Challenge to evolutionary psychology: What if the number of human ancestors is actually small?
Evolutionary psychology—the theory that human nature can best be understood by trying to guess the survival strategies that benefited human ancestors hundreds of thousands of years ago (and are now governed by our genes)—burst on the scene in the 1990s. after the controversial failures of similar trends in psychology, Social Darwinism and sociobiology.
Evolutionary psychology is an effort to bring social sciences into line with a current interpretation of Darwinian evolution favored by, for example, Richard Dawkins , by reducing the complex vagaries and choices of current human behaviour to simple formulas based on comparisons with primate apes and speculations about human prehistory based on chance findings from genome maps.
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Another serious practical problem for evolutionary psychology is that the number of common human ancestors may actually be quite small. ...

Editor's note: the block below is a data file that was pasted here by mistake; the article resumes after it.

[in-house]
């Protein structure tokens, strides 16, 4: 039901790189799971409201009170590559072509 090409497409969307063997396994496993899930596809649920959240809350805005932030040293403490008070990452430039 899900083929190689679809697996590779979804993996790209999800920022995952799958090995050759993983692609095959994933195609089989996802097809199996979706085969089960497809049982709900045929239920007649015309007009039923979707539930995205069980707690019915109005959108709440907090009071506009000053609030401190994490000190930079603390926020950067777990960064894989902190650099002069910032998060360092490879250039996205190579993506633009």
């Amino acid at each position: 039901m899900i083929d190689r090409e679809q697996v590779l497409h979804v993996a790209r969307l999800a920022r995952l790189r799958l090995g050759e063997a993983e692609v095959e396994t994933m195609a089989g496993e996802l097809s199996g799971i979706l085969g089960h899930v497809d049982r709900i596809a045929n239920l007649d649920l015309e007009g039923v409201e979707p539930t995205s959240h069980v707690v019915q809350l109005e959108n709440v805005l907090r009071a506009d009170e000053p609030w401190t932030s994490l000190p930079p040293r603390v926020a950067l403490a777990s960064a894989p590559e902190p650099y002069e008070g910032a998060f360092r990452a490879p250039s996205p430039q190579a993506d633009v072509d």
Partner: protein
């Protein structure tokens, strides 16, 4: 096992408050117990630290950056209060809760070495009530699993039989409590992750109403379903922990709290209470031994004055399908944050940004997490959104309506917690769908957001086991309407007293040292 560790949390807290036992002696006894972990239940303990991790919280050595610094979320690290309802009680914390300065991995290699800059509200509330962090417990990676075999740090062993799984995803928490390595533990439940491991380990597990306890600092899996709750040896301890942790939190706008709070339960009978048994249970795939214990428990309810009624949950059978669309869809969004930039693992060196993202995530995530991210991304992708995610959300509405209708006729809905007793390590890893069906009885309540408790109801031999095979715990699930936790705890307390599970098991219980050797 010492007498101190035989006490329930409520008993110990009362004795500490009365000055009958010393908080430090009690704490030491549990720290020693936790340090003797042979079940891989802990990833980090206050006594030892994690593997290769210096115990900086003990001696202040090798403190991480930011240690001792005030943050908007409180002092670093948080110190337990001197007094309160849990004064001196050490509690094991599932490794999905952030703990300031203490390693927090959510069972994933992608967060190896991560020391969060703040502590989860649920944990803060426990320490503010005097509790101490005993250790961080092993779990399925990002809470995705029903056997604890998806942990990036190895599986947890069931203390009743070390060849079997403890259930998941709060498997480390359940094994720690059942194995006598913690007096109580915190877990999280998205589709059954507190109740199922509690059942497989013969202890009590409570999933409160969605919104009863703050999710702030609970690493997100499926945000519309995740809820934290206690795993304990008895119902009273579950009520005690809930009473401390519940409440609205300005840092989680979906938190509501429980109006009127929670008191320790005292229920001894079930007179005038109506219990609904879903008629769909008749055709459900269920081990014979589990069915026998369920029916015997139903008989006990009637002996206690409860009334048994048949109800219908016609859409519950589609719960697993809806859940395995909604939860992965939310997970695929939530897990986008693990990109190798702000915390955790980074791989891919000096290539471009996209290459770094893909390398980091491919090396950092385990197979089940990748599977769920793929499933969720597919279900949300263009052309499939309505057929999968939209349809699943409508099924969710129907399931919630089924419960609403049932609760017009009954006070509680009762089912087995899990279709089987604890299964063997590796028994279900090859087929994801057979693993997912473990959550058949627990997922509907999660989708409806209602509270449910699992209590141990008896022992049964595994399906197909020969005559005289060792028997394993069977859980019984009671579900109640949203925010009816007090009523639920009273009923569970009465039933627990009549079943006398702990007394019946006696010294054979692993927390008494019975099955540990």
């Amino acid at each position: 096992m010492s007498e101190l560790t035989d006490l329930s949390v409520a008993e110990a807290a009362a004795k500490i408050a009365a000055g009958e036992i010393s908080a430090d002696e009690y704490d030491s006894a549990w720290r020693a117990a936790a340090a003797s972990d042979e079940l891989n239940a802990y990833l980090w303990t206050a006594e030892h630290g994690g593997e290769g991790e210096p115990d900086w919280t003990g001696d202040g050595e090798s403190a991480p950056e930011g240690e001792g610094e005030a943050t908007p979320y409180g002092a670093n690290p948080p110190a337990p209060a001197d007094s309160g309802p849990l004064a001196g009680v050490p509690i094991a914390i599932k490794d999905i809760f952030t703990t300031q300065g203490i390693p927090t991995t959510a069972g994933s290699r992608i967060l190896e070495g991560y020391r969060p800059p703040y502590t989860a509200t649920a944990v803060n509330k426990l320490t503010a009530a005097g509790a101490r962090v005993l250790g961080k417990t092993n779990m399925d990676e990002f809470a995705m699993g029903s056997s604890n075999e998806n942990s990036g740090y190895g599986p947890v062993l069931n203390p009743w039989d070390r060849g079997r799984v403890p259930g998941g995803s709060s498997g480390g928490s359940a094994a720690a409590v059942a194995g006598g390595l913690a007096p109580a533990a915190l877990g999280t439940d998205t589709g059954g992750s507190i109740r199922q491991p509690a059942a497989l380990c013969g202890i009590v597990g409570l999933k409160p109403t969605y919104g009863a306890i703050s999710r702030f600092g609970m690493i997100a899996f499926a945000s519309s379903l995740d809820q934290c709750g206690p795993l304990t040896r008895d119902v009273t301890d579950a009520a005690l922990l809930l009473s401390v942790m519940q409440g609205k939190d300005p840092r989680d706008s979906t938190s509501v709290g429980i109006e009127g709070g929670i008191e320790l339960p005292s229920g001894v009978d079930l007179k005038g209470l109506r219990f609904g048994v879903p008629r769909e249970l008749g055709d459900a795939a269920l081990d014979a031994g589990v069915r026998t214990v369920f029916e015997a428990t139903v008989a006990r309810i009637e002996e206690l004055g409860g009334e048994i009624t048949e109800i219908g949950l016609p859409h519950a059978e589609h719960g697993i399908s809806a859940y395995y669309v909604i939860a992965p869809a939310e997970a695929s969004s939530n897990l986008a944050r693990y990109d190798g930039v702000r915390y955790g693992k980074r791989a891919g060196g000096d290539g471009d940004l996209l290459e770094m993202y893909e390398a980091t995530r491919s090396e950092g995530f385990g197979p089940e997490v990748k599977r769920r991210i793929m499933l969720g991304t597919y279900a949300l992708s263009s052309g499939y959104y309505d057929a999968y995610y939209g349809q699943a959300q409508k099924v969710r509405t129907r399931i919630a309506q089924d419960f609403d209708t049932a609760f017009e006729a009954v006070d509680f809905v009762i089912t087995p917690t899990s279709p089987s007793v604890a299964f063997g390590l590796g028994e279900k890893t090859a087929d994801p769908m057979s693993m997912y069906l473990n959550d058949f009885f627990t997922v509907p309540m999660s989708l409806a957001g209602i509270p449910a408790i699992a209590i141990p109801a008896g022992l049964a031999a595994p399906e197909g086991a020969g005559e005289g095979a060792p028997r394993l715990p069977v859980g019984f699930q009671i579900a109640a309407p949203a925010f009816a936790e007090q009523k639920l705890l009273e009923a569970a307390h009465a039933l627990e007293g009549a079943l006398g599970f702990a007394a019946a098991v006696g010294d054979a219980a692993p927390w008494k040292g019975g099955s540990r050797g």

Why is this a problem? Because evolutionary psychology is, in general, group psychology. If the basic evolutionary psychology thesis were sound, a group would respond to a given issue (selective baby-killing, polygamy) by making choices that affects the group's survival and reproduction. This response is alleged to be encoded in our genes, turning up later in our thoughts.
But if only a few human beings are actually ancestors, only a few unique and unpredictable individual responses matter. It is no use theorizing about how early humans in general might have reacted if the individual who chooses to go against the group becomes the ancestor. And we don't even know, for mosst purposes, whether a decision that went against the group played any role in that individual's becoming an ancestor.
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